Concerns over access go against development plan

Councillors have voted against plans for a property in Sudbury that would require access under a 150-year-old footbridge. Pictured: Resident Peter Hall ANL-141119-075601009
Councillors have voted against plans for a property in Sudbury that would require access under a 150-year-old footbridge. Pictured: Resident Peter Hall ANL-141119-075601009

Plans to build a property on the site of a former quarry with access under an old footbridge have been opposed by councillors.

The new one-and-a-half storey home on land south of Queen’s Close, Sudbury, would require access through a 150-year-old bridge that was recently damaged by contractors working on the site.

Residents and councillors alike were vocal in their opposition to the plans at Sudbury Town Council’s planning committee meeting on Monday.

Particular criticism was reserved for the planned access from Bridge Terrace to East Street, which residents felt could not only lead to further damage to the bridge, but would restrict access rights to current properties and cause an obstruction to emergency services.

In November, the bridge was left damaged and a gas pipe and electric cable were struck, leaving residents in nearby Bridge Terrace without power while repairs were carried out.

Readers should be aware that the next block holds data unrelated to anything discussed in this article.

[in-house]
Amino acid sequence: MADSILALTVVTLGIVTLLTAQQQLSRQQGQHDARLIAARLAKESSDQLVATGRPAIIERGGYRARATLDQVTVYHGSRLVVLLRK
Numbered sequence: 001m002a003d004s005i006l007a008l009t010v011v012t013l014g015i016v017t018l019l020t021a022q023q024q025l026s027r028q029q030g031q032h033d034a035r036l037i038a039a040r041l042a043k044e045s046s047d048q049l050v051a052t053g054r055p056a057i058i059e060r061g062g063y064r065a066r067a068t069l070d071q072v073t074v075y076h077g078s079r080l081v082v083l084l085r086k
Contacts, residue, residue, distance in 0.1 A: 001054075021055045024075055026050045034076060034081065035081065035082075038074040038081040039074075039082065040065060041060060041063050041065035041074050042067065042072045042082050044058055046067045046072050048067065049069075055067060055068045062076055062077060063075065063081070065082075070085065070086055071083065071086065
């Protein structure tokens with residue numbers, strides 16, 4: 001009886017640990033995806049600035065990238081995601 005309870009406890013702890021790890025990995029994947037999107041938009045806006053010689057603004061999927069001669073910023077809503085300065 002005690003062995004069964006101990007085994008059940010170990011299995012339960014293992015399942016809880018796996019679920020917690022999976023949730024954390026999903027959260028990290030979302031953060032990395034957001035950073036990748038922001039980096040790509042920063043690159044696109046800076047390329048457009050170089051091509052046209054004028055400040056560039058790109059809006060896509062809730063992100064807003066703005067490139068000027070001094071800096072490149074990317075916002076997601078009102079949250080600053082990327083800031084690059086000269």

A subsequent inquiry by Babergh District Council led to the project being deemed as unlawful, as it lacked the required planning permission to carry out engineering works.

Committee member Sue Ayres suggested the work carried out should be reversed, saying: “Maybe they should come and fill it in again.”

At the meeting, members of the Bridge Street residents’ group expressed their disapproval at the planned access.

Stephane Chapotot, from Bridge Terrace, spoke on behalf of the group.

“They will have at least three cars and that’s quite a lot of traffic on a terribly narrow track,” he said.

Mr Chapotot said he had worries over the development as previous work, when the bridge was damaged, had gone past his boundary and claimed contractors had actually lifted the bridge up.

He added he was not against the plans, but would like to see a different access route.

Members unanimously decided to oppose the application on the grounds of “loss of amenity caused by the impact of a loss of access to local residents, access concerns and possible restrictions to emergency services”.

The full planning application will now go before Babergh District Council in the coming weeks.